> A configuration error that lasts 20 days is more than just a configuration
> error problem.
Probably. And the address is kicked off the list after that time.
It's quite common, however, for someone to make a configuration error on
Thursday that doesn't get fixed until Monday. If you send a warning
message on Saturday or Sunday, it'll bounce too. Not helpful.
> But I thought you were only saving the first bounce, so you must be saving the
> missing messages somewhere else, and that has got to take up SOME disk space.
Of course---they're in the archive. Recording the _numbers_ missed by a
particular user is no big deal.
> > Bouncing messages because of a _temporarily_ exceeded quota is a bug.
> Um, define temporary here. 5 minutes? 30 minutes? 20 days?
Anything under the local timeout. 65 hours is about the minimum possible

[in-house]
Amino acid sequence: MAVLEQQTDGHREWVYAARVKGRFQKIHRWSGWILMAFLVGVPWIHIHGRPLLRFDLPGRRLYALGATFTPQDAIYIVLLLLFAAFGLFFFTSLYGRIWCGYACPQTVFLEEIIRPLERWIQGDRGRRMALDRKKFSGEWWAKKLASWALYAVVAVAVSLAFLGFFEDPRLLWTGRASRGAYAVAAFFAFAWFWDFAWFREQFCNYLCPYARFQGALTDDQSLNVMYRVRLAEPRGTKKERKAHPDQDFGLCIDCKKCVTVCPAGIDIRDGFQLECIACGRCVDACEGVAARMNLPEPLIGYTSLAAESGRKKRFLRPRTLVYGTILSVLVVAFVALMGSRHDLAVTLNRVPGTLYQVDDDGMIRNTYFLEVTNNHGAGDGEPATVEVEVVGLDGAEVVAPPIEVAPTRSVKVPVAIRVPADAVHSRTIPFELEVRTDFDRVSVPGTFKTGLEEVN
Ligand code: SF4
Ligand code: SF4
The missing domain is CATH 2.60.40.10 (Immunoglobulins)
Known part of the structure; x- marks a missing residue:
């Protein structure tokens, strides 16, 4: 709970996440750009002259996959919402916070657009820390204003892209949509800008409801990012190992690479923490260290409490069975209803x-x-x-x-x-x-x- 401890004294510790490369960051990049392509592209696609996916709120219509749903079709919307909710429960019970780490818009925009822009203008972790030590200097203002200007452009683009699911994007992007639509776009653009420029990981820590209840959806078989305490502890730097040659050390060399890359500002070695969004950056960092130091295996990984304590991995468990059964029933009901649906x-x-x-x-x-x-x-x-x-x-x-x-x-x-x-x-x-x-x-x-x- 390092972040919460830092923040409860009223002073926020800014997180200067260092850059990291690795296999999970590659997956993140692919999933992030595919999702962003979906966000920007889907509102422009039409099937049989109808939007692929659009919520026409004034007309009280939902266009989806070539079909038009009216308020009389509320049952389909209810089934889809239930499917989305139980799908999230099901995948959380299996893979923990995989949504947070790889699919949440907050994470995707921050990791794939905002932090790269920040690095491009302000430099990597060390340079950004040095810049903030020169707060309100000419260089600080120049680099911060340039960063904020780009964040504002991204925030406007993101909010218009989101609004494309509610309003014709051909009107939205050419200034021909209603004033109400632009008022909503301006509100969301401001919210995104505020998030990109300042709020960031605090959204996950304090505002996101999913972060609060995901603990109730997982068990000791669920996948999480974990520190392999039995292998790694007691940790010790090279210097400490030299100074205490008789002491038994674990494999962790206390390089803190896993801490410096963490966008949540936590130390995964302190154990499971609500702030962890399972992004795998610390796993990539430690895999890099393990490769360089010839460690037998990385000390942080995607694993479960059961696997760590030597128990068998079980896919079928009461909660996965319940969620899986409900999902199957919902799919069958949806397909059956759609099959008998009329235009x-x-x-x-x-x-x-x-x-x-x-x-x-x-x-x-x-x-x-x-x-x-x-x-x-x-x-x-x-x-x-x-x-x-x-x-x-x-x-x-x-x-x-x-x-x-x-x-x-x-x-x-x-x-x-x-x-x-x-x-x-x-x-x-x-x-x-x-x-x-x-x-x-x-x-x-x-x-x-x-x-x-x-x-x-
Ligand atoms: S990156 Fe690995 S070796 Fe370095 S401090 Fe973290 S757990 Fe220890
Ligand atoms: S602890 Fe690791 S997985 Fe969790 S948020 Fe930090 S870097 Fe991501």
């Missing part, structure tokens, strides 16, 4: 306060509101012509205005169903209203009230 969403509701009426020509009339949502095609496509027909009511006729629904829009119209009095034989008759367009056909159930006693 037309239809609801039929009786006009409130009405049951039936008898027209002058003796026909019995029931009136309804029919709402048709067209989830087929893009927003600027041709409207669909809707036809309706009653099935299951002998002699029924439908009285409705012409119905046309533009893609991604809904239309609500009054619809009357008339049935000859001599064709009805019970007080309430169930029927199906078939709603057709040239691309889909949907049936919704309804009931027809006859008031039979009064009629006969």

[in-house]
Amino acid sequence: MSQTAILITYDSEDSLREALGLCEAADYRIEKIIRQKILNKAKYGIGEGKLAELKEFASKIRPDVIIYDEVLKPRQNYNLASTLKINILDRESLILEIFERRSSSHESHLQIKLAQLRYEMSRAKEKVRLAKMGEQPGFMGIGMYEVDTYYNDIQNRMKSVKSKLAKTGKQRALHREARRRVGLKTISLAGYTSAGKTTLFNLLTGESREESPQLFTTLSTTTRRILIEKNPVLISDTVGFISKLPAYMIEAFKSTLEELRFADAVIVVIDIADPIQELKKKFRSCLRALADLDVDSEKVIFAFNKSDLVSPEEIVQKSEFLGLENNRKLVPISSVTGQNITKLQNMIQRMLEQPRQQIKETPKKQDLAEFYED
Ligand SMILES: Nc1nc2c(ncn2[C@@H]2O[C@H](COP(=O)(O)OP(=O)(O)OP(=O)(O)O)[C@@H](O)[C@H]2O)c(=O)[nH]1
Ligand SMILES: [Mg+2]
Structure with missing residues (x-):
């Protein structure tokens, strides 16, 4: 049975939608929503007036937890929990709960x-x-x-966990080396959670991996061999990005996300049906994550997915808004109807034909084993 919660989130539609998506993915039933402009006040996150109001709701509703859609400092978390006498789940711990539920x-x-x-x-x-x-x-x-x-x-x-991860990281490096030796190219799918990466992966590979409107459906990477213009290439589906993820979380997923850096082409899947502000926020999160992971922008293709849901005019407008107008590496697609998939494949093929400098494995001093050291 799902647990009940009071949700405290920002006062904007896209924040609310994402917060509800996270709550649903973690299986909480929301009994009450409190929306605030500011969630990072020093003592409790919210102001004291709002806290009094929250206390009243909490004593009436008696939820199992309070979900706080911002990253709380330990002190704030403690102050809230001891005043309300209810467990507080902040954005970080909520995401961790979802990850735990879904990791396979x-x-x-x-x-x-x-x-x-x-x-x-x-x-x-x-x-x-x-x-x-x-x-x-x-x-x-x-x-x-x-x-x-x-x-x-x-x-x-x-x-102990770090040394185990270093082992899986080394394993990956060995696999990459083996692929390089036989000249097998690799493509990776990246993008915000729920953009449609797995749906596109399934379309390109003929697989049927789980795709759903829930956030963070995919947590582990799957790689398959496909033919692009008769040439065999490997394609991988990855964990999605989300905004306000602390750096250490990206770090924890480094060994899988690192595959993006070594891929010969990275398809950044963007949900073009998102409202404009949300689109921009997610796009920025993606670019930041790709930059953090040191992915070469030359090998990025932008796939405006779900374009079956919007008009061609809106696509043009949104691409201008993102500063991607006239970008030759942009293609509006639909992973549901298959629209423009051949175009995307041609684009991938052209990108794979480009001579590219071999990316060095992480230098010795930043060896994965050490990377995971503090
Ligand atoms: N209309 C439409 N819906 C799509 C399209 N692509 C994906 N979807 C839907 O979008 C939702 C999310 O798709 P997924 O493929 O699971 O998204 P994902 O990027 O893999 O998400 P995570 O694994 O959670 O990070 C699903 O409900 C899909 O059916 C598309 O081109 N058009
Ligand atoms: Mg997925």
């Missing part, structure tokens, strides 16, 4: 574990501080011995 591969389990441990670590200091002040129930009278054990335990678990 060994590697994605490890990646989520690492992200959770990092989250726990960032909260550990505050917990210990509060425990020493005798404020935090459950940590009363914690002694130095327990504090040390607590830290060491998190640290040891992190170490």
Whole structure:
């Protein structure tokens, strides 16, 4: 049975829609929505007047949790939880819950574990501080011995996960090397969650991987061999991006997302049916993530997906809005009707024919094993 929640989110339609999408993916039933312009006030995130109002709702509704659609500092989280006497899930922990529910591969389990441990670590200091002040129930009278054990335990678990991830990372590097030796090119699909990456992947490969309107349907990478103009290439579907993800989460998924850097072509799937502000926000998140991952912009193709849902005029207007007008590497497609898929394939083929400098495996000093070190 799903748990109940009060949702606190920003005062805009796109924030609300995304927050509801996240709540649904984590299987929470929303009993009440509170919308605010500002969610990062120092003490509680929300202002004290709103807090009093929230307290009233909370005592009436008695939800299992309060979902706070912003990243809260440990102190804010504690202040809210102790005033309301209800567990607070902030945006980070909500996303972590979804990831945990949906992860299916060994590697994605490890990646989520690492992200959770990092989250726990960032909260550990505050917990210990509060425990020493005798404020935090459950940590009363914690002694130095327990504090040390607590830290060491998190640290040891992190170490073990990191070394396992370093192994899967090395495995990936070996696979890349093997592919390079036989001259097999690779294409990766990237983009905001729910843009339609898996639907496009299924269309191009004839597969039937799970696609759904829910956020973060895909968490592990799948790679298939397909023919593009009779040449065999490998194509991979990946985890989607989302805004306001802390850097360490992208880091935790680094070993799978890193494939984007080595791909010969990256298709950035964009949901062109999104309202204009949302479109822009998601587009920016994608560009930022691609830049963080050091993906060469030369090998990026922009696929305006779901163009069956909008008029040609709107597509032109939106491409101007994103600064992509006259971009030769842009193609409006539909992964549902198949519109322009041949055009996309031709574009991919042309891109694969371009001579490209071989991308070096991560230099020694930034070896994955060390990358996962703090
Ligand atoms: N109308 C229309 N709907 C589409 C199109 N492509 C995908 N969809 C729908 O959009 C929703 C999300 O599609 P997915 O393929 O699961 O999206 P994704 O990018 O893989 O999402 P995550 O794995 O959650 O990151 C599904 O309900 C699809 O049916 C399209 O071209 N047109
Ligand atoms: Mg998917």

timeout before users start screaming; 120 hours is more common.
> OK, so if I'm keeping a copy at my main account, what do I need the list
> of missing messages for?
You don't. There were three situations, see, numbered 1 and 2 and 3.
They were _different_ situations, illustrating _different_ features.
Situation #1 showed why the probe was useful. Situation #2 showed why
the warning was useful. Situation #3 showed why the warning/probe
separation was useful.
> Can't you be informative or instructive without insulting me, too?
Can't you avoid spouting nonsense about things you don't understand?
You were faced with something surprising, something beyond your
experience---namely, that VERPs handle every bounce message reliably.
You had no clue what VERPs were.
You should have expressed your surprise and asked how VERPs worked,
But you didn't. Instead, you baldly claimed that the surprising fact
wasn't true. You claimed that VERPs depend on support from other MTAs.
Don't blame me for your mistake.
Put an end to unauthorized mail relaying. http://pobox.com/~djb/qmail.html